Greg Gagne (U.L. Washington).  Gagne came to the Royals as a huge defensive upgrade and could handle the bat as well.  He came from a winner with the Twins and was immediately a leader on what would shape up to be the last consistently decent teams the Royals had.  Again…..the strike.

Third Base

Joe Randa (George Brett).  You had to love The Joker.  Without meaning to, he always had that half-grin on his face.  Joe was a great athlete with incredible hands and was notably an incredible tennis player in his home state of Wisconsin.  This helped him as a 3B and as a hitter and he made the most of his career.  He was never stellar on defense or at the plate, but he was a guy you could win with.  You know, if your roster from 1998-2004 had any starting pitching whatsoever.

Left Field

Alex Gordon (Bo Jackson).  Alex made the move to LF seamlessly.  He’s got the best arm of a LF I can recall since “Bo Knows Left Field.”  He covers a lot of ground and gets good jumps on balls as well.  He hits for enough power to be a corner OF even though he won’t ever hit 40 HRs in a season.  He might hit 75+ extra base hits, though, and that is a powerful hitter.

Center Field

Willie Wilson (Carlos Beltran).  Some of my first “Royals Stadium” memories are of watching Willie run on the old artificial turf.  Whether it was running down fly balls in the gaps or watching him leg out a standup triple or an inside-the-park-HR, I LOVED to watch Willie run.  Willie and Frank White were my favorite Royals growing up.  Willie was the first MLB autograph I ever got; I had him sign my ball glove-and then I went out and played several seasons with it.

Right Field

Brandon Berger (Jermaine Dye).  I hated Danny Tartabull.  Mark Teahen, though he was a favorite of mine, didn’t last long enough in RF to be considered.  Doesn’t leave a lot of options.  I remember the home opener in the magical season of 2003 very well, though.  I saw Brandon Berger hit the wall in right field making one HELL of a defensive play on a fly ball to help Runelvys Hernandez hang onto a great start.  That play and that pitching performance helped set the tone for an entire season of excitement.  Plus, it was fun to just call him “Cheese” because of his last name.  One time he almost misplayed a ball and I got to say, “Cheese nearly got himself into a pickle there.”  These are the things that keep Royals fans going.  Ladies and gentlemen, your 1996-2011 Kansas City Royals!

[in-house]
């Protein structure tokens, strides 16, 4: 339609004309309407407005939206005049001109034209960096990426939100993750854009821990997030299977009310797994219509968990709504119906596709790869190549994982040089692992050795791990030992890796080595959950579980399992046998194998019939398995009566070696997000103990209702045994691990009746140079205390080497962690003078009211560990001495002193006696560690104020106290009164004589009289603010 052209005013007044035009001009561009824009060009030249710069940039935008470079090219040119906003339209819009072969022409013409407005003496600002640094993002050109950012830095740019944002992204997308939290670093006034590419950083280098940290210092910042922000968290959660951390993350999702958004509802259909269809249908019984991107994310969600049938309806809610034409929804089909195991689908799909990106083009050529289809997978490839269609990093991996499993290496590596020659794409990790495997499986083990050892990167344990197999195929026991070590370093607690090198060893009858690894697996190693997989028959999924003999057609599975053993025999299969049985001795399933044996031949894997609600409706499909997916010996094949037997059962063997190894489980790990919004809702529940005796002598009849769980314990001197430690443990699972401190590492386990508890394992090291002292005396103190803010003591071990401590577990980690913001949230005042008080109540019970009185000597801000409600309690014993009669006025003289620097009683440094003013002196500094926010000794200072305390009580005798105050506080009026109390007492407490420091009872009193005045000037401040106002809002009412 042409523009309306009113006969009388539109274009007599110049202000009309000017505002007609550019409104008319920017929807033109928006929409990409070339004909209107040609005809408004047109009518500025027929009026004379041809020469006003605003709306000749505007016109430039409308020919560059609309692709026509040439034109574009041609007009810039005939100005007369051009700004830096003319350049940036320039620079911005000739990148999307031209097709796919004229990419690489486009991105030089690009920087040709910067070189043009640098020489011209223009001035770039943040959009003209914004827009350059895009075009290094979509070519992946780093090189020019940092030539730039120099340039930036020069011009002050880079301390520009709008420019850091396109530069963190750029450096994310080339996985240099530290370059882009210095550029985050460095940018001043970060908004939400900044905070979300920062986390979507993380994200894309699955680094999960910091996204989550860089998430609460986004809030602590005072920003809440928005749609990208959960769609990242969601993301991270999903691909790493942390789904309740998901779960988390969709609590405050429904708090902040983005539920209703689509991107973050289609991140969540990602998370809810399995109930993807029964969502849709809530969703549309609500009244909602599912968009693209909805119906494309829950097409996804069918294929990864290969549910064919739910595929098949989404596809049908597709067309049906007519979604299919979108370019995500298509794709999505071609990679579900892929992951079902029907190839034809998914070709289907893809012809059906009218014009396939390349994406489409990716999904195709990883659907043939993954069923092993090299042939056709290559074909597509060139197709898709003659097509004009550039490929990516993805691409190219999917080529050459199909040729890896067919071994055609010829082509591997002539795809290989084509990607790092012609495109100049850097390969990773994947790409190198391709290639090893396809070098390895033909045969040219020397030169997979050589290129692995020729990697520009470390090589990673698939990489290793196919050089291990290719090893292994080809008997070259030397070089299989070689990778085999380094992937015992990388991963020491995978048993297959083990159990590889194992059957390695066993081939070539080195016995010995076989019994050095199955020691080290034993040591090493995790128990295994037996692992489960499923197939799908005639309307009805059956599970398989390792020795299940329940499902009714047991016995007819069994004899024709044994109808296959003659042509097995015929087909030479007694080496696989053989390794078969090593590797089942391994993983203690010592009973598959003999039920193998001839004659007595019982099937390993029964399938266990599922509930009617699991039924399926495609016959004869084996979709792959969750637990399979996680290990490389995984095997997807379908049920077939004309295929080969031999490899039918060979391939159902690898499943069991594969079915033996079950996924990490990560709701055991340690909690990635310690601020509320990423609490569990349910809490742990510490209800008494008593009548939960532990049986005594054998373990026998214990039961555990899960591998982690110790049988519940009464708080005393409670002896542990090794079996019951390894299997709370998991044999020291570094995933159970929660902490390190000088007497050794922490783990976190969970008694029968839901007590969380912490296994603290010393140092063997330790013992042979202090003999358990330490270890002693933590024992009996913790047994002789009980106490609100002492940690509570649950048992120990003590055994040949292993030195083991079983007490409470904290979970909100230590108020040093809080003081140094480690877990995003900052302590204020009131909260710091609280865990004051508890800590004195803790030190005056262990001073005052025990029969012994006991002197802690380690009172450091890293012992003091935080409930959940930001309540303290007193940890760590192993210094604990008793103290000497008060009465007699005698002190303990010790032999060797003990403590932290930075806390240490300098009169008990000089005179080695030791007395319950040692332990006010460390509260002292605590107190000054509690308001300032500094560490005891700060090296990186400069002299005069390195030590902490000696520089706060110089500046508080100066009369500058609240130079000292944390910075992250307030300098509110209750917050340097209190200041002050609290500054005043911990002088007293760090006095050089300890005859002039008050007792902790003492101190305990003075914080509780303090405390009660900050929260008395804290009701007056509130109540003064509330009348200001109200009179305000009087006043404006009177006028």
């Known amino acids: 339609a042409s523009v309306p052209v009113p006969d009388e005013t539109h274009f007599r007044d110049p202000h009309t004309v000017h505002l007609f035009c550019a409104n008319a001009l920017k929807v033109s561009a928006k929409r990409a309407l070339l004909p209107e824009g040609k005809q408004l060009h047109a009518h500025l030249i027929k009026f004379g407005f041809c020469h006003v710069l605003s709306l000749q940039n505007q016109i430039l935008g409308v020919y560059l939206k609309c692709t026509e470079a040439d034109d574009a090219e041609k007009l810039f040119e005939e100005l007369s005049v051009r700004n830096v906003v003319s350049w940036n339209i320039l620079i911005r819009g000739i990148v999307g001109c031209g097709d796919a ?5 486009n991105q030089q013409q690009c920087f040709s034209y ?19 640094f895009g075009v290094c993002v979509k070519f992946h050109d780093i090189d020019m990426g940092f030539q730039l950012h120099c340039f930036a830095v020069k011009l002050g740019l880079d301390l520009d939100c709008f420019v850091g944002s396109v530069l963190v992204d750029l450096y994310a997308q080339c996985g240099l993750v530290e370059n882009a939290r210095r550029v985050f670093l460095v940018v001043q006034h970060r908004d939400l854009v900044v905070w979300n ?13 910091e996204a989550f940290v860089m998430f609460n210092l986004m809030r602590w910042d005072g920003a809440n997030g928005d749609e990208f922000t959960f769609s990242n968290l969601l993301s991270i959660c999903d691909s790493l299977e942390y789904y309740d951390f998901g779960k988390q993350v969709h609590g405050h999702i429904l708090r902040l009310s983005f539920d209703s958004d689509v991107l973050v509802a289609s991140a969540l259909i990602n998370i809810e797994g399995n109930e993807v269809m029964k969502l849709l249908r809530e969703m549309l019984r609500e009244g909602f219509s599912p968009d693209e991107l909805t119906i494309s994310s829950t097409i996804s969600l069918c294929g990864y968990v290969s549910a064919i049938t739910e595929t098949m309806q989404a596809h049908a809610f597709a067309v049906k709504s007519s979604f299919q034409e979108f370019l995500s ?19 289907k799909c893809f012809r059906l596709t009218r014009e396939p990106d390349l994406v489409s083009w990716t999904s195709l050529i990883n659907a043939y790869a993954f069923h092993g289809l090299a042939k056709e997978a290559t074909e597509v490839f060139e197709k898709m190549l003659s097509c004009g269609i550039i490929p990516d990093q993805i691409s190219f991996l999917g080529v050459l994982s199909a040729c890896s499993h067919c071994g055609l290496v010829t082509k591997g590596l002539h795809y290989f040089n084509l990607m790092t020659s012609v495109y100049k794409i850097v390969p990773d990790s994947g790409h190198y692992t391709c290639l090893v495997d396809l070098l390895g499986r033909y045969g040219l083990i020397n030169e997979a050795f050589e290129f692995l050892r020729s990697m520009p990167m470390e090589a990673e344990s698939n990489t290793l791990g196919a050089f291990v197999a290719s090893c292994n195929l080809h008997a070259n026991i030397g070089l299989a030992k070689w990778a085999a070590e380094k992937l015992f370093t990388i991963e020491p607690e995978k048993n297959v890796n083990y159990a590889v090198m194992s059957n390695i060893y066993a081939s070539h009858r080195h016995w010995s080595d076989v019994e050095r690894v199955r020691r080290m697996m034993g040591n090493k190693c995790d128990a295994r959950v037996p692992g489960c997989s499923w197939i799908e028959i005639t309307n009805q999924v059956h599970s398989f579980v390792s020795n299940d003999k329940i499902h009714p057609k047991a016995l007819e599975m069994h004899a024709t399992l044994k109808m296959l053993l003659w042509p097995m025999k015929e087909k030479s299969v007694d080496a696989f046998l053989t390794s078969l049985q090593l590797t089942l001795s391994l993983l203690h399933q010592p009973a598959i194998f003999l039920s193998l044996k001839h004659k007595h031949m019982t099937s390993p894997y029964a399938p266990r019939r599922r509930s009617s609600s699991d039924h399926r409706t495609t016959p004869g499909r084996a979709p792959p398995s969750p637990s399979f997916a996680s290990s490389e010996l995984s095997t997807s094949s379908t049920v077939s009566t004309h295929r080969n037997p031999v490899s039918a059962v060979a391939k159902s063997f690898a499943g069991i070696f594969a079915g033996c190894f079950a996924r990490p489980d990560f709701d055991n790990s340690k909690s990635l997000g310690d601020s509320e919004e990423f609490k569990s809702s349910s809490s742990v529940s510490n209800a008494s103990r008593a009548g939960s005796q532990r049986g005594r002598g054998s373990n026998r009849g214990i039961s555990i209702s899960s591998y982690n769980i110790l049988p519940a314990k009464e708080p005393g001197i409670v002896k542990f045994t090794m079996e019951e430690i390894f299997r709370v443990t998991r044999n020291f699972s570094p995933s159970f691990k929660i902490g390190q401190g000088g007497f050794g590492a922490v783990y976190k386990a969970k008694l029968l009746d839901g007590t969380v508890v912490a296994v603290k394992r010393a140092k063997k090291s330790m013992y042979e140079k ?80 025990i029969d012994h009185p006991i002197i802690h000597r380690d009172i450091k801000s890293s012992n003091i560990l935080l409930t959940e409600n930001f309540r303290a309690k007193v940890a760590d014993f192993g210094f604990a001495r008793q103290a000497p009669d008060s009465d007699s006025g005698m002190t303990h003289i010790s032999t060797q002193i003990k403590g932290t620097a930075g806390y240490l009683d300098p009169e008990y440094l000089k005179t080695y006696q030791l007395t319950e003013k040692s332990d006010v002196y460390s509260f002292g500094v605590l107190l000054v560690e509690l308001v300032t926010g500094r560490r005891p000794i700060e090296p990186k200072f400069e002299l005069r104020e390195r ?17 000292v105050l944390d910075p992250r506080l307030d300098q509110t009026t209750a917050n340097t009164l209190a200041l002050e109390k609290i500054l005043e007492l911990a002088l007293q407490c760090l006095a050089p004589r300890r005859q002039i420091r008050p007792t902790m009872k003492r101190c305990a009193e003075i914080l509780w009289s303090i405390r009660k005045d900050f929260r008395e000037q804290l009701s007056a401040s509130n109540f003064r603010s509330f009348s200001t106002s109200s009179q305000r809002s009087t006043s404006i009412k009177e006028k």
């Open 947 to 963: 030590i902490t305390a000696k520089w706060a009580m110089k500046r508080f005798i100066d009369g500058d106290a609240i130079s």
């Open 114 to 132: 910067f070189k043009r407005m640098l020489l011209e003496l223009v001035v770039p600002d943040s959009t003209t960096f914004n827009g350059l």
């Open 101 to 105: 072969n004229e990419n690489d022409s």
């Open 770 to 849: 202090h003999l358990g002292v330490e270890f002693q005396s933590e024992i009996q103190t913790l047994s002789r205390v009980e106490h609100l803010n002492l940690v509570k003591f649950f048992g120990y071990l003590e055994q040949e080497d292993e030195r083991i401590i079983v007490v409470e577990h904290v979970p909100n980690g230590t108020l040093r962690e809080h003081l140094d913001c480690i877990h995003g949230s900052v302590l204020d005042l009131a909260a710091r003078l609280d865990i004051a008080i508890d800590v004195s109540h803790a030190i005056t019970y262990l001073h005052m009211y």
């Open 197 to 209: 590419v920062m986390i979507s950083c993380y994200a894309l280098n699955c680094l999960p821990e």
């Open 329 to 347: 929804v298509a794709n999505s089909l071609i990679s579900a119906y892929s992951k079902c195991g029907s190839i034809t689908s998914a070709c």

Designated Hitter

Hal McRae (George Brett).  If Brett was the heart of the 1985 Royals, McRae was its soul.  He was a huge locker room leader from the moment he arrived in KC in a trade from Cincy and was the ultimate professional.  He played the game a lot like Macfarlane and he was an exceptional hitter as a DH.  I argue with myself over having Brett here instead of 1st base but I mostly appreciated Brett as a DH because I was an older fan by then, he was chasing 3,000 hits, and he had been moved from 3B and 1B due to his age and being injury prone.  That means McRae is the second-favorite and he is also one of my first memories as a young Royals fan-playing for a team that won the World Series.  I’ll never forget how much my dad liked him, because he was a former Red, and had even given him the nickname “two-booty” because he had put on so much weight as an aging player.  Hal “Two-Booty” McRae!

1 Comments Say Something
  • I got a text message when this article published and the title made me laugh, but you’re right, the best all-time lists can be a bit boring.

    I was pleased to see Joe Randa on your list. During his prime years in KC his family were regular customers at a restaurant were I worked. Great guy and a beautiful wife and kids. I still happen to see him every once in a while around town. He always comes over and says hi; always remembers my name.